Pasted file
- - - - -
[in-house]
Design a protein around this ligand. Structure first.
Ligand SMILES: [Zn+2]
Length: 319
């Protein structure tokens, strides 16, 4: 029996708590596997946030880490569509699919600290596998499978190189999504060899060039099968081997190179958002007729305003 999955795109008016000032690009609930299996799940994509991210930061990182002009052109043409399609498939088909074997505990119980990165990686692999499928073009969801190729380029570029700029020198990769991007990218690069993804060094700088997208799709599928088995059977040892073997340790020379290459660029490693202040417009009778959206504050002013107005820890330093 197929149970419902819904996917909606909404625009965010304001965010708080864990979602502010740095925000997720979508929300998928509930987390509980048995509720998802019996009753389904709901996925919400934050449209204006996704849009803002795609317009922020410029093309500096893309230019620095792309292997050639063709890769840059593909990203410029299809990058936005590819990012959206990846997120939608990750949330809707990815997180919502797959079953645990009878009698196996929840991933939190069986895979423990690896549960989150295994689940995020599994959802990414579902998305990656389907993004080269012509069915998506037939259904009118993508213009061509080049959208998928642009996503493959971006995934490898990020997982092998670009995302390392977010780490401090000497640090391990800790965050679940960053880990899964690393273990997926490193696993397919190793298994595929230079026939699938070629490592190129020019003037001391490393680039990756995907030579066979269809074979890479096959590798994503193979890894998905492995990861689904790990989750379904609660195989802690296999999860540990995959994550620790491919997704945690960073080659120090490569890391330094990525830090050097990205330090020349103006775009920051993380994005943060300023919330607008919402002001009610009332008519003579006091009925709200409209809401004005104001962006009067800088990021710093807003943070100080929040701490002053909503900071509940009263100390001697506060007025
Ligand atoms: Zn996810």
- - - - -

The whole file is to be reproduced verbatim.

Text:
[in-house]
Design a protein around this ligand. Structure first.
Ligand SMILES: [Zn+2]
Length: 319
């Protein structure tokens, strides 16, 4: 029996708590596997946030880490569509699919600290596998499978190189999504060899060039099968081997190179958002007729305003 999955795109008016000032690009609930299996799940994509991210930061990182002009052109043409399609498939088909074997505990119980990165990686692999499928073009969801190729380029570029700029020198990769991007990218690069993804060094700088997208799709599928088995059977040892073997340790020379290459660029490693202040417009009778959206504050002013107005820890330093 197929149970419902819904996917909606909404625009965010304001965010708080864990979602502010740095925000997720979508929300998928509930987390509980048995509720998802019996009753389904709901996925919400934050449209204006996704849009803002795609317009922020410029093309500096893309230019620095792309292997050639063709890769840059593909990203410029299809990058936005590819990012959206990846997120939608990750949330809707990815997180919502797959079953645990009878009698196996929840991933939190069986895979423990690896549960989150295994689940995020599994959802990414579902998305990656389907993004080269012509069915998506037939259904009118993508213009061509080049959208998928642009996503493959971006995934490898990020997982092998670009995302390392977010780490401090000497640090391990800790965050679940960053880990899964690393273990997926490193696993397919190793298994595929230079026939699938070629490592190129020019003037001391490393680039990756995907030579066979269809074979890479096959590798994503193979890894998905492995990861689904790990989750379904609660195989802690296999999860540990995959994550620790491919997704945690960073080659120090490569890391330094990525830090050097990205330090020349103006775009920051993380994005943060300023919330607008919402002001009610009332008519003579006091009925709200409209809401004005104001962006009067800088990021710093807003943070100080929040701490002053909503900071509940009263100390001697506060007025
Ligand atoms: Zn996810």